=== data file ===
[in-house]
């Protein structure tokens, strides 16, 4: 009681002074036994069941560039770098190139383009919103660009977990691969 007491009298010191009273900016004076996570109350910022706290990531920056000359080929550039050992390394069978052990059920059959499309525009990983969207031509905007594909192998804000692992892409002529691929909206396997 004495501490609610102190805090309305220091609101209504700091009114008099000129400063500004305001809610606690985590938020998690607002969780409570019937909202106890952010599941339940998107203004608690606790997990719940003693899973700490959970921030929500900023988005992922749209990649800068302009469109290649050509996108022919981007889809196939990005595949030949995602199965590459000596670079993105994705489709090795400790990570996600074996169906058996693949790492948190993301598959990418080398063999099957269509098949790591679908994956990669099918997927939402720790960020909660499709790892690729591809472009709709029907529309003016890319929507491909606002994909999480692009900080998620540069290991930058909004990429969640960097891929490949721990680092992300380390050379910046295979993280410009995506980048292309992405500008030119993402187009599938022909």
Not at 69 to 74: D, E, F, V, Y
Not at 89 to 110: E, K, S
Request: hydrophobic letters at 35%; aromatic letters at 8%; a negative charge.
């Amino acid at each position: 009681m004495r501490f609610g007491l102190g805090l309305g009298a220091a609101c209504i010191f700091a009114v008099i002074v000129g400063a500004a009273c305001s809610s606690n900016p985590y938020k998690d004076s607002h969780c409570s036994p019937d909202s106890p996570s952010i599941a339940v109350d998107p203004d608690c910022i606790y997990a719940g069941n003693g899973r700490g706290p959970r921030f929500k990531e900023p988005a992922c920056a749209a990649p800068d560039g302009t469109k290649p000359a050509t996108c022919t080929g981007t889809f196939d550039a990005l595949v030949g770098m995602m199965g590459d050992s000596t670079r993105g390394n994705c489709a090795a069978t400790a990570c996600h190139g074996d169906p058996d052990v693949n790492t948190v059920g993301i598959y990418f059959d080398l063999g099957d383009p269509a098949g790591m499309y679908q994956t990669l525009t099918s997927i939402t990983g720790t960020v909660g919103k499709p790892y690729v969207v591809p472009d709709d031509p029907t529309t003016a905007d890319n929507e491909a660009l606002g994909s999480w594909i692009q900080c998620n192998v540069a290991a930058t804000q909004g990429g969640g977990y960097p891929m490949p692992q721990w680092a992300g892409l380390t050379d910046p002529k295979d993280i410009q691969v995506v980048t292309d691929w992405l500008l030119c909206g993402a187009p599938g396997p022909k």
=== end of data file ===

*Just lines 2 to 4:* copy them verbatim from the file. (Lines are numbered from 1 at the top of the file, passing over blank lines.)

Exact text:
């Protein structure tokens, strides 16, 4: 009681002074036994069941560039770098190139383009919103660009977990691969 007491009298010191009273900016004076996570109350910022706290990531920056000359080929550039050992390394069978052990059920059959499309525009990983969207031509905007594909192998804000692992892409002529691929909206396997 004495501490609610102190805090309305220091609101209504700091009114008099000129400063500004305001809610606690985590938020998690607002969780409570019937909202106890952010599941339940998107203004608690606790997990719940003693899973700490959970921030929500900023988005992922749209990649800068302009469109290649050509996108022919981007889809196939990005595949030949995602199965590459000596670079993105994705489709090795400790990570996600074996169906058996693949790492948190993301598959990418080398063999099957269509098949790591679908994956990669099918997927939402720790960020909660499709790892690729591809472009709709029907529309003016890319929507491909606002994909999480692009900080998620540069290991930058909004990429969640960097891929490949721990680092992300380390050379910046295979993280410009995506980048292309992405500008030119993402187009599938022909």
Not at 69 to 74: D, E, F, V, Y
Not at 89 to 110: E, K, S